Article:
Obama aims to take U.S. House back in 2014
"What I can't do is force Congress to do the right thing," Obama said at the White House on Friday after a fruitless meeting with Republican leaders to avert the country's latest fiscal crisis, known as the sequester. "The American people may have the capacity to do that."
Obama, fresh off his November reelection, began almost at once executing plans to win back the House in 2014, which he and his advisers believe will be crucial to the outcome of his second term and to his legacy as president. He is doing so by trying to articulate for the American electorate his own feelings -- an exasperation with an opposition party that blocks even the most politically popular elements of his agenda.
Obama has committed to raising money for fellow Democrats, agreed to help recruit viable candidates, and launched a political nonprofit group dedicated to furthering his agenda and that of his congressional allies. The goal is to flip the Republican-held House back to Democratic control, allowing Obama to push forward with a progressive agenda on gun control, immigration, climate change and the economy during his final two years in office, according to congressional Democrats, strategists and others familiar with Obama's thinking.
"The president understands that to get anything done, he needs a Democratic majority in the House of Representatives," said Rep. Steve Israel, D-N.Y., chairman of the Democratic Congressional Campaign Committee. "To have a legacy in 2016, he will need a House majority in 2014, and that work has to start now."
This approach marks a significant shift in the way Obama has worked with a divided Congress. He has compromised and badgered, but rarely -- and never so early -- campaigned to change its composition.
Democrats would have to gain 17 House seats to win back the majority they lost in 2010, and their challenge involves developing a persuasive argument for why the party deserves another chance controlling both Congress and the presidency. In the last election, American voters reaffirmed the political status quo in Washington, choosing to retain a divided government.
Of all the presidents since Franklin D. Roosevelt, only Bill Clinton picked up House seats for his party in the midterm election of his second term. His approval rating on the eve of the 1998 contest was 65 percent, 14 points above Obama's current public standing.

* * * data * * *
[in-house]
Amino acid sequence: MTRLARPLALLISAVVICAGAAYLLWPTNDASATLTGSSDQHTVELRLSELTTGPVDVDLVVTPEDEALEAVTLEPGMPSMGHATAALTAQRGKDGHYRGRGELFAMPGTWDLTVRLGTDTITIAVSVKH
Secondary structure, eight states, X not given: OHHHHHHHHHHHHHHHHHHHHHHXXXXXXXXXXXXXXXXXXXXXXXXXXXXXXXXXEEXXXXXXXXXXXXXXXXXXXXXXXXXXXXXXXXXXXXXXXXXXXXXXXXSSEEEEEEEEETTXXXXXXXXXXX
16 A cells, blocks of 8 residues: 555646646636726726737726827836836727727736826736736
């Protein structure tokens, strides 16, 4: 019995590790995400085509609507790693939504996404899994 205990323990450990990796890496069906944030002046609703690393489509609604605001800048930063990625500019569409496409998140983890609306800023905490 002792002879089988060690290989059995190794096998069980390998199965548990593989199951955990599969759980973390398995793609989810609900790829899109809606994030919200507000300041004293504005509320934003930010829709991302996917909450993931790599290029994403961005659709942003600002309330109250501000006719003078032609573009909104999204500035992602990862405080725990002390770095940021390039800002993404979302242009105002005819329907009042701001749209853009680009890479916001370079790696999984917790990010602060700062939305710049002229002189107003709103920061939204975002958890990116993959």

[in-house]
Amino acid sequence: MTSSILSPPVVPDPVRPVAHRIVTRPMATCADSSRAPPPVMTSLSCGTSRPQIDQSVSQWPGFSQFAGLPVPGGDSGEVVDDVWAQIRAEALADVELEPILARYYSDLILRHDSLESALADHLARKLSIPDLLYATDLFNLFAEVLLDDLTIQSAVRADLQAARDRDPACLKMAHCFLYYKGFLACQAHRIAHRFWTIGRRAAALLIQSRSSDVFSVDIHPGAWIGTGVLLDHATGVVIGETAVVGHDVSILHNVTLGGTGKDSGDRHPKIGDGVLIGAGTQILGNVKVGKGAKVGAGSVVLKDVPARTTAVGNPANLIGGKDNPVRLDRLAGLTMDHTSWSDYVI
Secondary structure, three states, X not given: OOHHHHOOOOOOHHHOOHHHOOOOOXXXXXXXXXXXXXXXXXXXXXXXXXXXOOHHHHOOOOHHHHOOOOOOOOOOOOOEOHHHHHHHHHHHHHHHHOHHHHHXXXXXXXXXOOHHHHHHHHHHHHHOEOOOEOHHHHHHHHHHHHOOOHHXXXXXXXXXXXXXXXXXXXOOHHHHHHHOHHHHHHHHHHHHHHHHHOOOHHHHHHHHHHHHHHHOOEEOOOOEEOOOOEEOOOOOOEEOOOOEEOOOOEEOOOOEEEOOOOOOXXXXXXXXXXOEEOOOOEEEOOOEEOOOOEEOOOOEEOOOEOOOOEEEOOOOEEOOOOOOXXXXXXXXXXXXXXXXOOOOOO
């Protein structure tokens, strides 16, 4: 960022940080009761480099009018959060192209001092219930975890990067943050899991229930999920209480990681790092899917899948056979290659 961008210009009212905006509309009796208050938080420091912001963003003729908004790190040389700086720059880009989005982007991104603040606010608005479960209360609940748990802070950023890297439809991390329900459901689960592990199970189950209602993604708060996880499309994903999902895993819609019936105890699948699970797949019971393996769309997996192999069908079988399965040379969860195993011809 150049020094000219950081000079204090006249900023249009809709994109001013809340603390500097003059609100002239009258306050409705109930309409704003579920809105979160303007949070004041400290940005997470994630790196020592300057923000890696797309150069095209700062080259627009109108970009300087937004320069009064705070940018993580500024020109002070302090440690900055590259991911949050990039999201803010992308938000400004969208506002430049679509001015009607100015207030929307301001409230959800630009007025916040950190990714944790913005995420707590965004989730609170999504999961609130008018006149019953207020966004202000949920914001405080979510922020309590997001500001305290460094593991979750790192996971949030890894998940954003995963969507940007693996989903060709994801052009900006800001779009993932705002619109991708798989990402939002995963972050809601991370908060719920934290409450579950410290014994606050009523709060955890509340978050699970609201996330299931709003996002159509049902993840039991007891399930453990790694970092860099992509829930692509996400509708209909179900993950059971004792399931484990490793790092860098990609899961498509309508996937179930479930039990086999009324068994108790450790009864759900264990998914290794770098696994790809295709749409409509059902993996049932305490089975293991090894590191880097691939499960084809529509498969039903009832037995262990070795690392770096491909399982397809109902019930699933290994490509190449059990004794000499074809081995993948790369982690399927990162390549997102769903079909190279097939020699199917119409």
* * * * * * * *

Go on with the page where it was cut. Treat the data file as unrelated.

The specific steps Obama is taking to win back the House for his party mark an evolution for a president long consumed by the independence of his political brand.
Obama has committed to eight fundraisers for the Democratic Congressional Campaign Committee this year, compared with just two events in 2009. The Democrats lost the House the following year, and Obama's legislative agenda has largely stalled since then.
The president has also pledged to put his formidable campaign organization, now known as Organizing for Action, behind Democratic House candidates and to find ways to share its rich trove of voter data with the party's campaign committee.
After delivering his election victory speech in November, Obama walked off the Chicago stage and made two phone calls related to his political plans -- one to Rep. Israel and one to Rep. Nancy Pelosi, D-Calif., the last Democratic House speaker.
Israel said Obama told him "how focused he would be on winning a House majority for the Democrats," many of whom complained that the president did not do enough during his first term to help members on the Hill.
In early January, Israel said, he met in Washington with Jim Messina, Obama's reelection campaign manager and now head of Organizing for Action, also known as OFA. The subject was the 2014 midterms.
"If 2012 was a referendum on President Obama, then 2014 will be a referendum on the tea party Congress," Israel said. "And the president and House Democrats are joined at the hip on this."
In his State of the Union address last month, Obama outlined an agenda that called for gun control measures, immigration legislation, an increase in the minimum wage, and a new focus on climate change, among other items that poll well with the public.
So far, though, most of the proposals have little traction in the Republican-controlled House. Obama's decision to squarely blame the opposition for across-the-board spending cuts known as the sequester has also generated little goodwill across the aisle.